How do I make a strong beginning?

5.1 How do I make a strong beginning?

Story-Strategy, Act 2 Episode 5 – The Journey: Current Reality 2

Upon entering the room where the workshop on Participatory Methods for Learning and Research on HIV/Aids and Sexual & Reproductive Health was to take place, an unusual sight met my eyes. Instead of people straggling into the room and finding a seat either around tables, behind desks or even in a circle, they were forming clusters and clumps around posters and pages of news print on the walls, markers in hand.  Was I late? Did they start without me? As I was wondering, a student came up to me: “Good morning, while we wait for everyone to arrive, take a moment and look at the pictures and posters on the walls. On the news print below them, just record any thoughts or associations that come up for you in relation to the pictures. Here is a marker to document your ideas.”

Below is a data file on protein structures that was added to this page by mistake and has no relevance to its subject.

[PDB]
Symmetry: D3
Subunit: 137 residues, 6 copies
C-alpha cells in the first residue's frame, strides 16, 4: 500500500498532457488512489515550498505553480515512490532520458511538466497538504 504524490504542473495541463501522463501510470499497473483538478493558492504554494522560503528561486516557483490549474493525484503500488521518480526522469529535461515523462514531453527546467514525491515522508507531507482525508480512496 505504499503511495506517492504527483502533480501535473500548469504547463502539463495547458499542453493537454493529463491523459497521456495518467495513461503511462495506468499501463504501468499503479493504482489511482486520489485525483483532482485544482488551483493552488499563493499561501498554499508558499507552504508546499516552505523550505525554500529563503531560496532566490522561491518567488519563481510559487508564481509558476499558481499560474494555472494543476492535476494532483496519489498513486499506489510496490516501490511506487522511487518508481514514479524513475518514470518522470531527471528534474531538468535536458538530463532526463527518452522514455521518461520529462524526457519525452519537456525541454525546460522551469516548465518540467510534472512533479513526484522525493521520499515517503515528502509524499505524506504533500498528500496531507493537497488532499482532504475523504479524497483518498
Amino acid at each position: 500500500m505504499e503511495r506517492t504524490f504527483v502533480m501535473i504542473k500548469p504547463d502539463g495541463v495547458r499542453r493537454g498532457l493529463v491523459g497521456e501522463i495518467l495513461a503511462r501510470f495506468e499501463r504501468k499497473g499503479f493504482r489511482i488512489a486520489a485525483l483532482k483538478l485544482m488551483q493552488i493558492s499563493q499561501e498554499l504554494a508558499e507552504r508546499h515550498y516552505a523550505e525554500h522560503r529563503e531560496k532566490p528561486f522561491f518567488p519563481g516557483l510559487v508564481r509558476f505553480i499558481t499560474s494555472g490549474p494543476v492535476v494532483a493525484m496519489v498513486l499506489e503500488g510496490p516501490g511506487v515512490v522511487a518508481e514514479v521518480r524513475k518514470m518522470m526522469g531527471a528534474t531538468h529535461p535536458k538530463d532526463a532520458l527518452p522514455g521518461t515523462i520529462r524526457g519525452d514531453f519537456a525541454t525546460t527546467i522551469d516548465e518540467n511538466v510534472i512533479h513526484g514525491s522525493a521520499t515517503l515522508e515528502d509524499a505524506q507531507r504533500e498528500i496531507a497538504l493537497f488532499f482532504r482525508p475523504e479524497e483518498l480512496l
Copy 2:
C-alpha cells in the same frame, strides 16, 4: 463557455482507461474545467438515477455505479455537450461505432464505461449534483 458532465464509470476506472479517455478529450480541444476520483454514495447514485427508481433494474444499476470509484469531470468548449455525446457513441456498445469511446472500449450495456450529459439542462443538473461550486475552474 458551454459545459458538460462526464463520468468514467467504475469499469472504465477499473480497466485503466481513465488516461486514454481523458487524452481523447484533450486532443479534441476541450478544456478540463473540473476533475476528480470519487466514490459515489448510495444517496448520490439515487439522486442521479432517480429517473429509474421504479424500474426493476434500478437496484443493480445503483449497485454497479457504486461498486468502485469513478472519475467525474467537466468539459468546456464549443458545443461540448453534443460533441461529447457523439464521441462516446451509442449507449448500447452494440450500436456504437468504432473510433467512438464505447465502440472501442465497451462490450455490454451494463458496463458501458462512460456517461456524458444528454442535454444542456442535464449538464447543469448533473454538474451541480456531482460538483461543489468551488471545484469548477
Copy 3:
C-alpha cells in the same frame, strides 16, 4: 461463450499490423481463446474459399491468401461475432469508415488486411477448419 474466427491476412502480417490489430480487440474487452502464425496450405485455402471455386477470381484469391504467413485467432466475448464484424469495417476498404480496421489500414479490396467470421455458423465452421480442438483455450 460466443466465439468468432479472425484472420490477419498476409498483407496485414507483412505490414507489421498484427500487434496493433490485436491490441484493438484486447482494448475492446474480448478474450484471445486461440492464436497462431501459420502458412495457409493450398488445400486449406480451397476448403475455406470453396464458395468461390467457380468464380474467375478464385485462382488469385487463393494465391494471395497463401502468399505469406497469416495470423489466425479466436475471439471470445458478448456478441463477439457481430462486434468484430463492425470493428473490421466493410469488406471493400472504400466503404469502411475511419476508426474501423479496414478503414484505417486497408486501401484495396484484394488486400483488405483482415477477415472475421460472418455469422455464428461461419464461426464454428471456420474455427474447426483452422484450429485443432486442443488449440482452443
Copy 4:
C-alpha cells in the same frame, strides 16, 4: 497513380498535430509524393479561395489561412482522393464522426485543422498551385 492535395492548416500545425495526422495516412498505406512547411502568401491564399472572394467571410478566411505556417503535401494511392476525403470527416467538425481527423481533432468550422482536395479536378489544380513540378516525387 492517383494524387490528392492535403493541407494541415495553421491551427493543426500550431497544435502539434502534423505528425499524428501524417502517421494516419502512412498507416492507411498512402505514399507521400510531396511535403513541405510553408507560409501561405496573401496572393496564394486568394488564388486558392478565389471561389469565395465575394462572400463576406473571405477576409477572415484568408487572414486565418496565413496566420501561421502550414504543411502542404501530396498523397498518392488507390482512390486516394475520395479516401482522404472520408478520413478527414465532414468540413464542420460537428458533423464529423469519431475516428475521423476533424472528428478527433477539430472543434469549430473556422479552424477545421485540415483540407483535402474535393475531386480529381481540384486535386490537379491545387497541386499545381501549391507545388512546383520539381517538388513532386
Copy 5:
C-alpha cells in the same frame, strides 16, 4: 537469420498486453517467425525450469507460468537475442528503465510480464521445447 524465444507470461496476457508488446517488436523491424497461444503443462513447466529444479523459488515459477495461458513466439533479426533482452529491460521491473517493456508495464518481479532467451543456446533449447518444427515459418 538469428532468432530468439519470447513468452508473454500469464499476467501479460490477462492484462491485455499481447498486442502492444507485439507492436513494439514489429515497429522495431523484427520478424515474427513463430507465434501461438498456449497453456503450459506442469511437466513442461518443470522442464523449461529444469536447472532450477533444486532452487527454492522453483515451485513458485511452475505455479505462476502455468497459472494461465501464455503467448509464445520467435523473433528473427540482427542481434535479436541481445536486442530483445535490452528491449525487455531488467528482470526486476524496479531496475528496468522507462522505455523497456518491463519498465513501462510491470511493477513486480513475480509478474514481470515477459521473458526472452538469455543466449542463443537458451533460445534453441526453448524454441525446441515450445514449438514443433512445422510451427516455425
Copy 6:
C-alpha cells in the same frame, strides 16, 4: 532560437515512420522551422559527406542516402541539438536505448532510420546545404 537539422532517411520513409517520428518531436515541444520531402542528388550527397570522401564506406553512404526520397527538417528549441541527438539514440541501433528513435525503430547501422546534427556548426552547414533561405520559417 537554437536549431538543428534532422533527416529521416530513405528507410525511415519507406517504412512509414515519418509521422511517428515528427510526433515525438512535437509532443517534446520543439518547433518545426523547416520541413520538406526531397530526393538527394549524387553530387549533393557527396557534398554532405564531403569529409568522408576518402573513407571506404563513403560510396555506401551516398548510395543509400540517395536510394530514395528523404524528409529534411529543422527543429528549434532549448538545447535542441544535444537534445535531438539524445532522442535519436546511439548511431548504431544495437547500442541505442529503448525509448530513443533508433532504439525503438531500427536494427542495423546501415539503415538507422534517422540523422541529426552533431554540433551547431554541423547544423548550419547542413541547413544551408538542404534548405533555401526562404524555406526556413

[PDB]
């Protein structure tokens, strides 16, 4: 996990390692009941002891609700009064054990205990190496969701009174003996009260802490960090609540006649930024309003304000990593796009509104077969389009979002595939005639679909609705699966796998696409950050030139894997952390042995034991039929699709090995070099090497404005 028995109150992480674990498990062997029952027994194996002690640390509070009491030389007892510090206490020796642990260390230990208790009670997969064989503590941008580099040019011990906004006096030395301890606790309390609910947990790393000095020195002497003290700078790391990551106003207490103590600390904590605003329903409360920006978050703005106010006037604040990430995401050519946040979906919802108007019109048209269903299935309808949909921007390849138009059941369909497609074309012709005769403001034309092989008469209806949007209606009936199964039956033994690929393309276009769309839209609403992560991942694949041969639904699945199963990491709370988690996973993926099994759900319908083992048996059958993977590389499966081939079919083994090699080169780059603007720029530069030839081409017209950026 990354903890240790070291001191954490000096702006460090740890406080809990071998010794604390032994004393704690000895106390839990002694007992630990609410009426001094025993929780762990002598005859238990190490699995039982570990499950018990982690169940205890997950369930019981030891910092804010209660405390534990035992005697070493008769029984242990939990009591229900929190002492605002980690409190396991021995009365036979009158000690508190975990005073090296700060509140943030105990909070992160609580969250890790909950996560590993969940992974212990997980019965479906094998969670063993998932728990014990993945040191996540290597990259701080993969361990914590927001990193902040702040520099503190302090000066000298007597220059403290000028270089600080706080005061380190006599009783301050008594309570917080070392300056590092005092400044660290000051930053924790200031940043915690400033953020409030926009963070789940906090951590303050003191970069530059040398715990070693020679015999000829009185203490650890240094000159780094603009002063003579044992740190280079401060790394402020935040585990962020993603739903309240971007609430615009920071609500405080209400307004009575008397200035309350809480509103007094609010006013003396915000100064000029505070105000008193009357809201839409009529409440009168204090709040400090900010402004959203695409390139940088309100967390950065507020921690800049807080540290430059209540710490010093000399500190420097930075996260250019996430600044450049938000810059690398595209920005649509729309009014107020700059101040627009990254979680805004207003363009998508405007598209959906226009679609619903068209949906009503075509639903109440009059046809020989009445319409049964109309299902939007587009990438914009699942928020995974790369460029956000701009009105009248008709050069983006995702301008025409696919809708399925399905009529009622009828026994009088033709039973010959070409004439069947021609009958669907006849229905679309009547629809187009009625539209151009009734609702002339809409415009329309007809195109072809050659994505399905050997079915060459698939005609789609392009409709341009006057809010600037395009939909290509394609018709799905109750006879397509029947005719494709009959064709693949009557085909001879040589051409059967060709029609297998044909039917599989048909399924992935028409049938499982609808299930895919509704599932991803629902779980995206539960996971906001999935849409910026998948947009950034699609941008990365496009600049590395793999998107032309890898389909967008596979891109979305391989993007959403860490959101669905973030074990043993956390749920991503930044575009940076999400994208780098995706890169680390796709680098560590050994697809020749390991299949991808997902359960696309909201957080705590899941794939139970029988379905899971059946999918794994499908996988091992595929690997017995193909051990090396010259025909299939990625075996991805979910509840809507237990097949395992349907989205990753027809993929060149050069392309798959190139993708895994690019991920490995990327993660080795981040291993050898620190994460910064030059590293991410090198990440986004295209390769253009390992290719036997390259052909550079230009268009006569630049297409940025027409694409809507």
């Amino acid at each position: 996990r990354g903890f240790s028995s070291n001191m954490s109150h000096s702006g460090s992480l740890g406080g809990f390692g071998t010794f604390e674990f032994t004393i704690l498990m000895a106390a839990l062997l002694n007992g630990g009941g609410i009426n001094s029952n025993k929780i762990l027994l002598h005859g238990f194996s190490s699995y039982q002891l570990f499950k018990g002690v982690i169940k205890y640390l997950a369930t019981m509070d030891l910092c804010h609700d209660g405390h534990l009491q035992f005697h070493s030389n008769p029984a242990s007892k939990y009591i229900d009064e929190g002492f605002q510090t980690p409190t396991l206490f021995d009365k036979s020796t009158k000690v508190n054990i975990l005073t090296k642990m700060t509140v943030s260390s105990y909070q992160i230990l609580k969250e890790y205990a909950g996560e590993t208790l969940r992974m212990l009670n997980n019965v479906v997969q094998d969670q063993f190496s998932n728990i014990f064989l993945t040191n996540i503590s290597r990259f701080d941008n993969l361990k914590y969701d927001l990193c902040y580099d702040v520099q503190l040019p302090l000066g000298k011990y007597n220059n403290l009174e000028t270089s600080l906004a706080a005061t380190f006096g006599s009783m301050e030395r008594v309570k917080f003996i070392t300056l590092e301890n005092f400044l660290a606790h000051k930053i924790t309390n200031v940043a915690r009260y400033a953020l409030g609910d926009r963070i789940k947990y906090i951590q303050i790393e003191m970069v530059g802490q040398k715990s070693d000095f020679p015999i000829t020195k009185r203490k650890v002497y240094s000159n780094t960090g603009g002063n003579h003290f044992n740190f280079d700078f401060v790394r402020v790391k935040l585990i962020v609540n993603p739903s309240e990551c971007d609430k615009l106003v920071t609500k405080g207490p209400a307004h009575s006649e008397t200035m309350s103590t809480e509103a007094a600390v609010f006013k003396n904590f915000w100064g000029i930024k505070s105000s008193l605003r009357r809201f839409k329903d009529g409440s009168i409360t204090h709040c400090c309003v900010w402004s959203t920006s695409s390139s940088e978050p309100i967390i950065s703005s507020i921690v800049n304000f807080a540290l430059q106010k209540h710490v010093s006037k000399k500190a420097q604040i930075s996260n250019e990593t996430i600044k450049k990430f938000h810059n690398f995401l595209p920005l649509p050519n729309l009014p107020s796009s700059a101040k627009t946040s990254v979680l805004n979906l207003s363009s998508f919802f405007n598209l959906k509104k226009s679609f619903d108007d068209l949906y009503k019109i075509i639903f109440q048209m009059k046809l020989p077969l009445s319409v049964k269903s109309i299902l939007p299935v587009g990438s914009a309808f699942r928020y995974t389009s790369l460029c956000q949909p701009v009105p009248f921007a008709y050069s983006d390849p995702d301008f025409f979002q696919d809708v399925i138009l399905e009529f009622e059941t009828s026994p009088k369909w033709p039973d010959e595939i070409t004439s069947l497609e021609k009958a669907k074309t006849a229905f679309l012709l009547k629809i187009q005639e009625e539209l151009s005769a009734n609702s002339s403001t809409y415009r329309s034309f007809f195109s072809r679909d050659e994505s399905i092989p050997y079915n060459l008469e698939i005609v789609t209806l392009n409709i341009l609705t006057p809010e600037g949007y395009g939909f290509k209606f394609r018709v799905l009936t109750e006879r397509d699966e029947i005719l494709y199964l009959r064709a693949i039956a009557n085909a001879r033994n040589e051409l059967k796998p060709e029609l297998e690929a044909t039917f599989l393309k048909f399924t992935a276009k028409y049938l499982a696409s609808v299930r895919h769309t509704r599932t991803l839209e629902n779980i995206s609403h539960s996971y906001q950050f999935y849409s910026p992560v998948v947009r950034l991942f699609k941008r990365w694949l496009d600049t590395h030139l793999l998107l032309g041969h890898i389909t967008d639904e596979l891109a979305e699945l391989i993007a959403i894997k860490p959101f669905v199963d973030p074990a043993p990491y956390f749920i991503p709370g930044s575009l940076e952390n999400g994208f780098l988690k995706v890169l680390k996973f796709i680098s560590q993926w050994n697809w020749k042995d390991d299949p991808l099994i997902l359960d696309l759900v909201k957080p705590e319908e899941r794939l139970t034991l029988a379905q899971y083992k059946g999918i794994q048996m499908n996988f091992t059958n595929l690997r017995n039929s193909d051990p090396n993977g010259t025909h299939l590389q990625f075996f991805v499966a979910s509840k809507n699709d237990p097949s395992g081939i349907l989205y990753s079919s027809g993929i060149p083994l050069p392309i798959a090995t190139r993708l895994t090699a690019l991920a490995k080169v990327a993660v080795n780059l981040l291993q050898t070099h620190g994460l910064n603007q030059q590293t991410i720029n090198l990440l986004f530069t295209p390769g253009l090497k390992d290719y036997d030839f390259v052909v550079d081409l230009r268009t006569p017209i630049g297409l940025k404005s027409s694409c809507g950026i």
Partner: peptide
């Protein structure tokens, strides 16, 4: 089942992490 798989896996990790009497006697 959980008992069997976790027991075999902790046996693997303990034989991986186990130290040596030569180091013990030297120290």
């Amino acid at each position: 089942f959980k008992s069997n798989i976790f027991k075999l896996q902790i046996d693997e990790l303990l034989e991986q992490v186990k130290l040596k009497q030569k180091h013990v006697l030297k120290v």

The year was 2008 and I was attending the first Drama for Life Conference at WITS University. The facilitator of the workshop was Ross Kidd. It was the first time I learned the value of beginning a workshop before it begins. The pictures on the walls were of gender stereo types and people’s typical reactions towards HIV. By recording our own thoughts as we looked at the pictures, we were all given an opportunity to become aware of our own positioning in relation to the story in the room as depicted by the title of the workshop. Before Ross Kidd had opened his mouth, we all had formed an opinion and had a story of our own to contribute.